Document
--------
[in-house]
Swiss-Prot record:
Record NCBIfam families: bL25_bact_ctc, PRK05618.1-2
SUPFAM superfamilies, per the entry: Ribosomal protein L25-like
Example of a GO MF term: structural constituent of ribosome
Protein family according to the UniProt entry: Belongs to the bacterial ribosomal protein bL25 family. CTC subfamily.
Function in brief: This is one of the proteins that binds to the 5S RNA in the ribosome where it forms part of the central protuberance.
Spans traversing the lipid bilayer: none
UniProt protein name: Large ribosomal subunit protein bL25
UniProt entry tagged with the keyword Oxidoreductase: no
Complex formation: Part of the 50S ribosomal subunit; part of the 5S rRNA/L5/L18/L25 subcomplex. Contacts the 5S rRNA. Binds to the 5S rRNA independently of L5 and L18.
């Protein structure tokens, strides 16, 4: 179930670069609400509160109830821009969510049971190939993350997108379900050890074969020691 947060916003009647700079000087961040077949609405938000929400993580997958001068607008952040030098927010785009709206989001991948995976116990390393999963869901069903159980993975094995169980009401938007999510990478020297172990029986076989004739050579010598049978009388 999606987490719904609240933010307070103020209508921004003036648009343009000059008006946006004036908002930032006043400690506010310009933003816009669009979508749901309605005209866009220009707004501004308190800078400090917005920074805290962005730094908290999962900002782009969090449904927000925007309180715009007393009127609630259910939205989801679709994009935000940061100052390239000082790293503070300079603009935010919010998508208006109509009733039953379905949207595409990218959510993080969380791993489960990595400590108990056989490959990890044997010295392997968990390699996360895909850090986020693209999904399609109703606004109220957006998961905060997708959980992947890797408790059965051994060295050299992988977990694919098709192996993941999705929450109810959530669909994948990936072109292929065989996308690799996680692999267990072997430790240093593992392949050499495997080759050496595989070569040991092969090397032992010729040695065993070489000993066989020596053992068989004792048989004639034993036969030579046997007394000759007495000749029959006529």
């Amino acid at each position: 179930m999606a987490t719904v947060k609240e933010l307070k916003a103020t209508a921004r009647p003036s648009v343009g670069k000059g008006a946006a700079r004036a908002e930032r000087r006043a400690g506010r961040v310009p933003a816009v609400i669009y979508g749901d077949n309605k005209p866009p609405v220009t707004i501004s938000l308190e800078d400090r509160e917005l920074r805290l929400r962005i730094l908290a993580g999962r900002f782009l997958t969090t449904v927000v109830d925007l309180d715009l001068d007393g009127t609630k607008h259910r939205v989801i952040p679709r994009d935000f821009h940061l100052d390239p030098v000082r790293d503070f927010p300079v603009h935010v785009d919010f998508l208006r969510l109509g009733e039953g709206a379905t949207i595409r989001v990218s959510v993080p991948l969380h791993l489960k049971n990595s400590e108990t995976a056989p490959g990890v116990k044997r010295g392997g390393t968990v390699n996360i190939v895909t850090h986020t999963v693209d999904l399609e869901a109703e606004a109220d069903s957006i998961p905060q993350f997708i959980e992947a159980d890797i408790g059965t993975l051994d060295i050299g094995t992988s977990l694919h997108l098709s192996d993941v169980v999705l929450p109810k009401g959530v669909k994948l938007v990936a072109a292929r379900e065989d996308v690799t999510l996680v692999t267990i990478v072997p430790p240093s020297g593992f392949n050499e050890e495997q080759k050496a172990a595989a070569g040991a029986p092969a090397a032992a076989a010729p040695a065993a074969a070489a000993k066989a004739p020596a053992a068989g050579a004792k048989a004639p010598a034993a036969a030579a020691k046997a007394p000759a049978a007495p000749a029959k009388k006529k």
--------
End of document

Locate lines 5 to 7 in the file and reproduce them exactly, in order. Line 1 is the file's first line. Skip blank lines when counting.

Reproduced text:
Example of a GO MF term: structural constituent of ribosome
Protein family according to the UniProt entry: Belongs to the bacterial ribosomal protein bL25 family. CTC subfamily.
Function in brief: This is one of the proteins that binds to the 5S RNA in the ribosome where it forms part of the central protuberance.